PolitiCal

On politics in the Golden State

Category: Immigration

Tea party lawmaker tests fundraising waters for gubernatorial bid

TimDonnellyGovernor

A self-described tea party Republican lawmaker is testing the fundraising waters for a possible California gubernatorial bid.

Assemblyman Tim Donnelly (R-Twin Peaks) sent supporters an email Thursday asking them to contribute to his exploratory campaign and weigh in on his potential candidacy via Facebook.

"As recent as two years ago, if you had asked me if I would ever consider running for governor, I would have called you crazy," the lawmaker wrote. "A lot has changed."

A former member of the volunteer border patrol group known as the Minutemen, Donnelly was elected in 2010 on an anti-illegal immigration platform. Known for his bombastic style, the lawmaker has become one of the Legislature's most ardent supporters of gun rights and recently introduced a proposal that would allow school districts to spend education funds to train teachers, administrators and janitors to use firearms.

He made headlines last year after being detained by police at Ontario International Airport when security screeners found a loaded pistol and an ammunition magazine in his briefcase. Donnelly called the incident an "honest mistake," saying he had simply forgotten the firearm was in his bag.

So far Donnelly has the field to himself. His bid, however, poses a challenge for California Republicans, who have signaled a desire to soften the party's harsh rhetoric on issues such as immigration after years of self-inflicted wounds and declining voter registration numbers. With Democrats holding supermajorities in both houses of the Legislature, the party has been pushed to the sidelines in the Capitol.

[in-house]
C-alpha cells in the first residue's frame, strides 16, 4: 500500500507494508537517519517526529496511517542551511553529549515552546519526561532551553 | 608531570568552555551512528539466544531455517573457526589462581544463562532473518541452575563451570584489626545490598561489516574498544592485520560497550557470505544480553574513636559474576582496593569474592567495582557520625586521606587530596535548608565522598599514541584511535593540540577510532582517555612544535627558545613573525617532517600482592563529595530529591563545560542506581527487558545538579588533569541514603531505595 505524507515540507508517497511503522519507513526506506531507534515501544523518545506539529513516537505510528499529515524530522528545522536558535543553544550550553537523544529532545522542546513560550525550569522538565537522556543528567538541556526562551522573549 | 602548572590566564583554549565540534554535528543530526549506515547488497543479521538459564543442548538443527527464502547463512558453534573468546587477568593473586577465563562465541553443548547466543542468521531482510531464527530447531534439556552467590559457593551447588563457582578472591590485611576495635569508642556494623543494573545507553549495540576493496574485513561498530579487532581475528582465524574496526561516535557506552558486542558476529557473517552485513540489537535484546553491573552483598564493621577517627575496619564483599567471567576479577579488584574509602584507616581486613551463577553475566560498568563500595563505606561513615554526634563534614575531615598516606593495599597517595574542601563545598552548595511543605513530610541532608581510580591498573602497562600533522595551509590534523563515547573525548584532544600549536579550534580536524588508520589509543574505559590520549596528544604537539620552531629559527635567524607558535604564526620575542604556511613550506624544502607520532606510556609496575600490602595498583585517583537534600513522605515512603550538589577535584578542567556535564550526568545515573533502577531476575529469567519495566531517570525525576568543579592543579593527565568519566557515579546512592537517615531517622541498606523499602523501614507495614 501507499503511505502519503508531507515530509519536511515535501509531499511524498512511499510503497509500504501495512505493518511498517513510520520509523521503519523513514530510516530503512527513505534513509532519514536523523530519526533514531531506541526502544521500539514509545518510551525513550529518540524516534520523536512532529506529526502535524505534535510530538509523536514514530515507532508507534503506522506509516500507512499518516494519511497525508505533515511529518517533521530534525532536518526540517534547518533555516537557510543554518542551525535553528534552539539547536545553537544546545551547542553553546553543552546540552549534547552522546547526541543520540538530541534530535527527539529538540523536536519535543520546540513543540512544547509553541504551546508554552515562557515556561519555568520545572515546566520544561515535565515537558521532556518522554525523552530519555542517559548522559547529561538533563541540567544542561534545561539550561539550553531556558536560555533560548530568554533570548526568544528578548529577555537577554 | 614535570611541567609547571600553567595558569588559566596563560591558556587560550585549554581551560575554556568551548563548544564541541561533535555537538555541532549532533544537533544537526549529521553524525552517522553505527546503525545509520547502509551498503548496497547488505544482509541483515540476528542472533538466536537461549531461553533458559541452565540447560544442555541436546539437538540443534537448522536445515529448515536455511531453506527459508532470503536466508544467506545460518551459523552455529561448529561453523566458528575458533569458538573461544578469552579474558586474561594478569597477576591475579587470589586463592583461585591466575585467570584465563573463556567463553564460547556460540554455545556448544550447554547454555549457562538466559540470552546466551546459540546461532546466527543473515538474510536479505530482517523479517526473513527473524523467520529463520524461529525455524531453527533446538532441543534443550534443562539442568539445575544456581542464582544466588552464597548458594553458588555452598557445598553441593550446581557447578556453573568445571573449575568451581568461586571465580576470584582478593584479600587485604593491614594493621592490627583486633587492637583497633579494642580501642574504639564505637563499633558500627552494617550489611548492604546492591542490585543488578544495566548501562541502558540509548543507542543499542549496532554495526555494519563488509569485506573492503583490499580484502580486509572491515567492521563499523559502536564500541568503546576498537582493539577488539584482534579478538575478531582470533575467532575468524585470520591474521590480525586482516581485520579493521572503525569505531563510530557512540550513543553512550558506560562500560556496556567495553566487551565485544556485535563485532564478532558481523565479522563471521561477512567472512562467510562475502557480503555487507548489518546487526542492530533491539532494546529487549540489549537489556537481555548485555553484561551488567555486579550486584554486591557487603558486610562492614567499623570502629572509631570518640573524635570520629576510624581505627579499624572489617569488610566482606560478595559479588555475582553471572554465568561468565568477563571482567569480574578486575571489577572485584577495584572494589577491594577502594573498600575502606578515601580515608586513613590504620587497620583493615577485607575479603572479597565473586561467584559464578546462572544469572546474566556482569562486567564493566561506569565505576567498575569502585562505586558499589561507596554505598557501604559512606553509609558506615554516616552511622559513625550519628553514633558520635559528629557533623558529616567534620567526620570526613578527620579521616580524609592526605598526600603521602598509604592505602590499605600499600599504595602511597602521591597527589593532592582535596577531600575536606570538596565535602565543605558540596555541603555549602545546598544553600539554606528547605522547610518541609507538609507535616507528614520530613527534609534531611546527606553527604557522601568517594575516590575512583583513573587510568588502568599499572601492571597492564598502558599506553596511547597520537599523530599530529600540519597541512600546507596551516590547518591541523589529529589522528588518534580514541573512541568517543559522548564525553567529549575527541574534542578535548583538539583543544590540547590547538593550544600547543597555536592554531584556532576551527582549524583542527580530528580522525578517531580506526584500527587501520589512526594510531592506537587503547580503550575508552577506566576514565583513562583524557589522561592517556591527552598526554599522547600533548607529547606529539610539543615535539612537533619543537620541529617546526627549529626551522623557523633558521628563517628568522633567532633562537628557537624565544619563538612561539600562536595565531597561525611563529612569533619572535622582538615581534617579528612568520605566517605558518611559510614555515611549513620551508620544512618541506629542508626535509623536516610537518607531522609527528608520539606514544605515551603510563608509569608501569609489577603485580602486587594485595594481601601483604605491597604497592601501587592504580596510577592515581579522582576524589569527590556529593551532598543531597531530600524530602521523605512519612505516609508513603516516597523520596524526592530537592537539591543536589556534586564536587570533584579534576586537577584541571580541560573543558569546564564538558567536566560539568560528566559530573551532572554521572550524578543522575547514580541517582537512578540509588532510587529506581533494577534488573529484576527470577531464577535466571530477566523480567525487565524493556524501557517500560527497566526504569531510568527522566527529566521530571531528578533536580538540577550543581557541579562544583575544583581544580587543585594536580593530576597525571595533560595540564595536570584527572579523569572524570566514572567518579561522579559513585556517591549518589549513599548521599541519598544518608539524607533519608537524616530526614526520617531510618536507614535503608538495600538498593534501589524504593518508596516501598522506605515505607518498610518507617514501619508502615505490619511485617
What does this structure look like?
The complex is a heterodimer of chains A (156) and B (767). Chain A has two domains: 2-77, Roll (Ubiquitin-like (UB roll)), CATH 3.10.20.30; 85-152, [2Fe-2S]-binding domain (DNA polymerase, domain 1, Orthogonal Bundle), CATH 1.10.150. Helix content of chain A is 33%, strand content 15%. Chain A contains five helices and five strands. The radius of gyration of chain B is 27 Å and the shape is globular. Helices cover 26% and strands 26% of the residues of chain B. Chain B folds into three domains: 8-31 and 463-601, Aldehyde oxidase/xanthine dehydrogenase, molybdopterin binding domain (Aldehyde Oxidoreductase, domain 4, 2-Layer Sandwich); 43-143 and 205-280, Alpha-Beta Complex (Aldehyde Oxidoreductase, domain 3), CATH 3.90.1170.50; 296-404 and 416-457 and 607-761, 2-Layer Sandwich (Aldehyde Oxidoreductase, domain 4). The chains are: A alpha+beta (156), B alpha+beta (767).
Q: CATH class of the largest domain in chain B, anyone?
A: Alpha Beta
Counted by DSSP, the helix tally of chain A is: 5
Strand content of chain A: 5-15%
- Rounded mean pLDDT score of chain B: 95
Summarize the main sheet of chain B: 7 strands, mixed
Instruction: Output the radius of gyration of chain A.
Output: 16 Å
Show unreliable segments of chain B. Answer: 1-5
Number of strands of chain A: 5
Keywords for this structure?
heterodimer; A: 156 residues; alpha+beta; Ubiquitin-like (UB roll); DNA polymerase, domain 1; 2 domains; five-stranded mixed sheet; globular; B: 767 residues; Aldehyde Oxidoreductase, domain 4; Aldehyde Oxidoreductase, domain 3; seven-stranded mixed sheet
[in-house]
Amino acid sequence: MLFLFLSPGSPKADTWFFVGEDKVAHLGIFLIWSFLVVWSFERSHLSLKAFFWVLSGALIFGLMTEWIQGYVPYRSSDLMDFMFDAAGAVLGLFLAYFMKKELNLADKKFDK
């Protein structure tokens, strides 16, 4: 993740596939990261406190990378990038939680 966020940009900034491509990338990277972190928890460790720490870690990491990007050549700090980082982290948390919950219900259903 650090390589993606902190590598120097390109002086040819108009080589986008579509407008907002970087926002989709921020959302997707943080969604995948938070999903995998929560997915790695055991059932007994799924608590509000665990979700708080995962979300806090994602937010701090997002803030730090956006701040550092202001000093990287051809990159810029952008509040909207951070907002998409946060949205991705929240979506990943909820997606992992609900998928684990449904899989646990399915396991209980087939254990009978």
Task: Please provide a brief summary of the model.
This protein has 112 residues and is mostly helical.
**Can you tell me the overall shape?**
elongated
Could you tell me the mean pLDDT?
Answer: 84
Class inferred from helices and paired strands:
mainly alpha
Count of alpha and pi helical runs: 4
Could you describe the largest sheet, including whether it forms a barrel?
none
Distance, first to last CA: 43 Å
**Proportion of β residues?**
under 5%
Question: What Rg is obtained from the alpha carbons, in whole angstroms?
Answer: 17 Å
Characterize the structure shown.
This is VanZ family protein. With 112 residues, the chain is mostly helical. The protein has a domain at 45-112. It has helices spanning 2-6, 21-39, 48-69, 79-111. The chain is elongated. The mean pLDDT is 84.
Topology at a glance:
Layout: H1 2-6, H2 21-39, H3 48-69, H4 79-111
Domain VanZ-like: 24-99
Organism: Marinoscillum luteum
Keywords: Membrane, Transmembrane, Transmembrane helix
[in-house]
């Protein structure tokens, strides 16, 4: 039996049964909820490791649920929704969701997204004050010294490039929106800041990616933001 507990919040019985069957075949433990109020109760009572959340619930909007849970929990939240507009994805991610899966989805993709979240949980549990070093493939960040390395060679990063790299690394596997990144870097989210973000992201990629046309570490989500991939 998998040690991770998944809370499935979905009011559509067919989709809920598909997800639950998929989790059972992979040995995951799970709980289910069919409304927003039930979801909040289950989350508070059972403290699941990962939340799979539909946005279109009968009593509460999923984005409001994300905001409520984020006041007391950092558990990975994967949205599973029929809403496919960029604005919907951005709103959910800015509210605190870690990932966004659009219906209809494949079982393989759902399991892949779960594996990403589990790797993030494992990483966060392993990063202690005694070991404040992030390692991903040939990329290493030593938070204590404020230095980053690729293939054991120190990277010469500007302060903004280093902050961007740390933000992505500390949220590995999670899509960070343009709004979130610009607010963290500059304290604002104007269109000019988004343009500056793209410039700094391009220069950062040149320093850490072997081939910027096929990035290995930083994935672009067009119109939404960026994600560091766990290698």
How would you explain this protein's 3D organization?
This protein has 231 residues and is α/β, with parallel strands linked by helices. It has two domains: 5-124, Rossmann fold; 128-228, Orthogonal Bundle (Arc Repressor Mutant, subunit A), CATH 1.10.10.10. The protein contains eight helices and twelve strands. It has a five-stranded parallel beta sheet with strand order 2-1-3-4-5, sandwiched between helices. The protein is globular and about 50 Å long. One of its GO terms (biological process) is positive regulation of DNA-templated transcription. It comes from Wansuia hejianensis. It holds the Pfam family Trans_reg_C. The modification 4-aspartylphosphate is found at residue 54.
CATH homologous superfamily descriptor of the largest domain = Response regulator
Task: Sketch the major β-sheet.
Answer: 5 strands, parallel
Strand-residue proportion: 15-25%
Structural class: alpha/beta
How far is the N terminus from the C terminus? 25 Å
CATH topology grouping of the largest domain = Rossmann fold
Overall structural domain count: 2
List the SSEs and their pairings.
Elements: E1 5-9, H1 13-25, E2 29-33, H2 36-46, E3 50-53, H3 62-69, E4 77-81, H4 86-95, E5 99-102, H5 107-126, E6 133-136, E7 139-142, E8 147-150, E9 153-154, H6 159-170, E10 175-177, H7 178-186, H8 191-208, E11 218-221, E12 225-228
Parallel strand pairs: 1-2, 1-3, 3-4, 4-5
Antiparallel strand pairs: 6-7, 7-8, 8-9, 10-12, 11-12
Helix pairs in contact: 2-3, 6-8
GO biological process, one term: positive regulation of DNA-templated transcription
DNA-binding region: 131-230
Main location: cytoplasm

On Thursday, Donnelly asked his supporters to help him shape his agenda.

"Ever since I was elected to the State Assembly two years ago, I've had the chance to see firsthand how our state's leaders have abandoned the dreams of ordinary Californians, mocked our cherished values, and extinguished the spirit of freedom," he wrote. "All it takes is an irate minority to change the course of history."

As of Thursday afternoon, his Facebook page had 2,975 "likes." State records show he received a single $1,000 donation after announcing his exploratory committee last year.

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Photo: Assemblyman Tim Donnelly (R-Twin Peaks) at the Capitol. Credit: Anne Cusack / Los Angeles Times

4 GOP state lawmakers endorse federal immigration overhaul

076643.ME.0122.gorell.1This post has been updated. See the note below for details.

In a sign of changing political times, four California Republican lawmakers joined a dozen of their Democratic colleagues Thursday in announcing support for an overhaul of federal immigration law including a pathway to citizenship for those in the country illegally.

The news conference supporting a resolution urging congressional action was attended by GOP Assemblymen Katcho Achadjian of San Luis Obispo and Jeff Gorell of Camarillo as well as Sen. Anthony Cannella (R-Ceres).

[Updated, 12:37 p.m., Jan. 31: Assemblyman Rocky Chavez (R-Oceanside) also attended the news conference supporting the resolution, bringing the number of GOP lawmakers to four, rather than three as a previous version of this post stated.]

With President Obama and a bipartisan group of U.S. senators proposing immigration measures, Gorell said he is encouraged something will happen. "The details I have read so far appear to be thoughtful reflection of the reality that we need to create a pathway to citizenship, while embracing common sense requirements of border security and an employment verification system going forward,’’ Gorell said in a statement issued before Thursday’s event.